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EPA Warns: Indoor Allergies Can Be High-Risk

The U. S. Environmental Protection Agency (EPA) warns that our homes are “the most allergic" environments in the nation!

In a report prepared jointly by the EPA’s Consumer Product Safety Commission and The American Lung Association, researchers explain that dangerously high levels of asthma and allergy-causing contaminants are present in every home. “The air in our homes can be even more polluted than outdoor air,” the scientists say.

Most contaminants come from pets and dust mites

Ironically, the animals and insects themselves cause no problems.  The trouble comes from protein molecules in their “biological residuals”—cat fur, saliva, dog dander, urine and mite droppings.

These microscopic protein particles are what doctors call “indoor allergens,” provoking asthma and allergy symptoms in over 100 million Americans.

  • Because they’re so small and lightweight, they float through the air and constantly enter through windows and doorways, air vents, floorboards, even automobile exhaust systems.
  • Because they’re sticky, these allergens cling to clothing, upholstery, pillows and bed sheets, towels, rugs, drapes and other fabric surfaces. From there, they are picked up and absorbed into human skin.
  • Although we cannot feel them, the allergens also enter our body directly, through our ears, nose, mouth and skin pores.

Allergens can never be eliminated

Studies have measured dangerously high levels of cat and dog allergens in school classrooms, hospitals, shopping malls, even allergists’ medical offices. 

Other research proves that unsuspected inhalation of allergens can definitely initiate an allergic response. (That helps explain why more than 50% of those suffering from cat allergies have never owned a cat!)

Many people, especially those with dust mite allergies, try ridding their home and office of all rugs, drapes and upholstered furniture—places where allergens tend to collect. Unfortunately, no matter how much cleaning you do, the contaminants will immediately begin to accumulate again.

Allergens can cause asthma and allergies
The complex causes of indoor allergies and asthma remain somewhat mysterious. However, experts do know that both can be cumulative. In other words, years of exposure to high concentrations of protein allergens will eventually lead to an allergic reaction in even mildly susceptible people.

When will that happen? It’s different for every person. But we all have a threshold for handling allergens and when the level of contaminants around us exceeds that level, we start to experience symptoms.

Sadly, experts now know that children with allergies are most at risk. Youngsters living in homes with high levels of dust indoor allergens are 500% more likely to develop asthma, a chronic and serious medical problem.

It pays to take preventative action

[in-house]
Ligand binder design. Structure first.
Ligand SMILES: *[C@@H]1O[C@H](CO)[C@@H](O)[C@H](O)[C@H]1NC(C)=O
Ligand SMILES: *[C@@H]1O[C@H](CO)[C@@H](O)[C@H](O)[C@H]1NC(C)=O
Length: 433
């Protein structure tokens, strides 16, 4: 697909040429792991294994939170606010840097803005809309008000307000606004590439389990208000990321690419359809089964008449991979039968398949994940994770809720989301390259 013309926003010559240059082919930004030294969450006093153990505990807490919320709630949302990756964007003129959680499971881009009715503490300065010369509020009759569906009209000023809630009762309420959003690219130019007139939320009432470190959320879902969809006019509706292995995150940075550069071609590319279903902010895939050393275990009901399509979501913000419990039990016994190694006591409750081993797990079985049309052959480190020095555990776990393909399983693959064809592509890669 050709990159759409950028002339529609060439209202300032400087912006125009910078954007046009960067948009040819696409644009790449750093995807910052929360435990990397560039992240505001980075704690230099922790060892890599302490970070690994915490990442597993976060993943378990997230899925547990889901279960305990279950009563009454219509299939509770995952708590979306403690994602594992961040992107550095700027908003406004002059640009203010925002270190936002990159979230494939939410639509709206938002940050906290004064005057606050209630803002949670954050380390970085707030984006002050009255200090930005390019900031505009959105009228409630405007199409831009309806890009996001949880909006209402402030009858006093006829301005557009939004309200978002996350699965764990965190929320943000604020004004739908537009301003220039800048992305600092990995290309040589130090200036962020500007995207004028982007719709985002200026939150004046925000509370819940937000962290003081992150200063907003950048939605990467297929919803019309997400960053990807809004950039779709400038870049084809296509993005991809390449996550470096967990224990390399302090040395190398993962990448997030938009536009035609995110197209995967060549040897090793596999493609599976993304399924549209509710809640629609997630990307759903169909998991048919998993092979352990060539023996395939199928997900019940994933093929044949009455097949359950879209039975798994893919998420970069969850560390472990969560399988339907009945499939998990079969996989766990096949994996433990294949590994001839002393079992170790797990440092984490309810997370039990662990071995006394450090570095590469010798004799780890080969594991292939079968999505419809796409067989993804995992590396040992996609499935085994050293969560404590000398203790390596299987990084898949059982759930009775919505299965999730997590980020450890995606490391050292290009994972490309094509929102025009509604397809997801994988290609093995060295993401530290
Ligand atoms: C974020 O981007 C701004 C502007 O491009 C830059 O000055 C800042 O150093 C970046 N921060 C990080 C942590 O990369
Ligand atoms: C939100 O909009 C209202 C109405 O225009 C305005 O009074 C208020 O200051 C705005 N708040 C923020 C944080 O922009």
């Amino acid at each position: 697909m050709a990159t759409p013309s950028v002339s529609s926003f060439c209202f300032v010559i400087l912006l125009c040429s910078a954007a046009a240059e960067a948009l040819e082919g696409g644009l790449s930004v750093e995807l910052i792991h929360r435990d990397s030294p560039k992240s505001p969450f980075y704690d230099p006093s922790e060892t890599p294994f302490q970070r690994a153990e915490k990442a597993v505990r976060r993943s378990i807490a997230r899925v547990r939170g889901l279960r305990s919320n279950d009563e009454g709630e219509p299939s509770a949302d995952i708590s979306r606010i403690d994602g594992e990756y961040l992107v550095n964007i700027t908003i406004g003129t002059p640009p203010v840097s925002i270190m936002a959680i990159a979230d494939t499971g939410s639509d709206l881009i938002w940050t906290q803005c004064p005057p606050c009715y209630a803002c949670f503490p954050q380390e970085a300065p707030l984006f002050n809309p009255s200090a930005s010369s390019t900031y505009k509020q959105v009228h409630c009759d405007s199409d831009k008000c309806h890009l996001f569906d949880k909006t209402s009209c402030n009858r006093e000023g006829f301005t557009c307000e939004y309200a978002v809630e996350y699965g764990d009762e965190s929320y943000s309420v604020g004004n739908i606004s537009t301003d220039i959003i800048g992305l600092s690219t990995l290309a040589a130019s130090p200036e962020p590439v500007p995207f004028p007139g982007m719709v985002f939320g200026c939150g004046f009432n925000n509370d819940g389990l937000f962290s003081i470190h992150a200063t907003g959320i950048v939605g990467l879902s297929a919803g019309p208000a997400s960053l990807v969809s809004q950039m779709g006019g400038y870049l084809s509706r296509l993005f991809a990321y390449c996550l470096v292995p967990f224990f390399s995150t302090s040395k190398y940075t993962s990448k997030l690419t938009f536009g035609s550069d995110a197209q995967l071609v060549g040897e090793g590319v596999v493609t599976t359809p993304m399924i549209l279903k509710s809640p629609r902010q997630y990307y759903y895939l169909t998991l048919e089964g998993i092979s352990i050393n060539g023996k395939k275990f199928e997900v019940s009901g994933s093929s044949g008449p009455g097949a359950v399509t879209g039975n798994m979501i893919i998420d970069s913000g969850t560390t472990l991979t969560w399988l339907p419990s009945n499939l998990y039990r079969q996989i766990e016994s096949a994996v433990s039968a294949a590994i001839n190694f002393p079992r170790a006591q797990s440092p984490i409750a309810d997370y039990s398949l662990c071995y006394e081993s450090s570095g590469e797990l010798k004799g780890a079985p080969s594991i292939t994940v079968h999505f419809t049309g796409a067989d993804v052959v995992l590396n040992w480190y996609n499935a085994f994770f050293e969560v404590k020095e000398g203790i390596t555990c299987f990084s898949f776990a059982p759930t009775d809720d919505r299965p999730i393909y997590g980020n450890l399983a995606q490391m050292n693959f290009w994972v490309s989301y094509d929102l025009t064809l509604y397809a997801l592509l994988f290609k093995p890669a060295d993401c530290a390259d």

The best time to fight allergies and asthma are before they develop. Once symptoms do develop, the same battle becomes even more important. Here are 6 strategies to consider:

  1. Use the Easy Air Anti-Allergy System.  Unlike most allergy products, which introduce pesticides and other toxic chemicals into your home, the Easy Air Anti-Allergy System is all natural. Used together, its Anti-Allergy Relief Spray and Anti-Allergy Laundry Rinse instantly deconstruct protein allergens at a molecular level. It’s like taking dangerous boulders and crumbling them into harmless rubble. 

    Both formulas are available without prescription and cause no side effects. They have been clinically tested and work immediately upon contact.  They’re all-organic, biodegradable and safe to use even around babies and pets. Yet these state-of-the-art liquid solutions are powerful enough to instantly transform your home into an Allergy Free Zone.
  1. Get a mite-proof mattress covers. Most doctors agree this will help ease symptoms if asthma or allergies have already developed. And it’s one more way to prevent problems if they haven’t yet begun.
  2. Neuter your cats. Cat allergen (Fel-d1) is controlled by hormones and non-neutered males produce the most. Multiple studies have shown, however, that neutering sharply lowers Fel-d1 levels in female cats, too.
  3. Change the litter box frequently. And since cat allergens originate in feline urine and solid waste, it best to place the litter box in your garage or a room that can be vented to the outside.
  4. Shampoo pets often. Bathing your dog will lower the level of surrounding dog allergen (Can f1) by as much as 84%. In cats, a weekly bath at your neighborhood groomer will reduce airborne cat allergens by nearly 50%.
  5. Have someone else do pet grooming. Nothing gets rid of more pet allergens than brushing and bathing. But during the process, millions of allergens are released into the area. If you have asthma, cat or dog allergies, you should not groom your pets yourself. And if you must, then wear a dust filtering mask while bathing, brushing or combing. 


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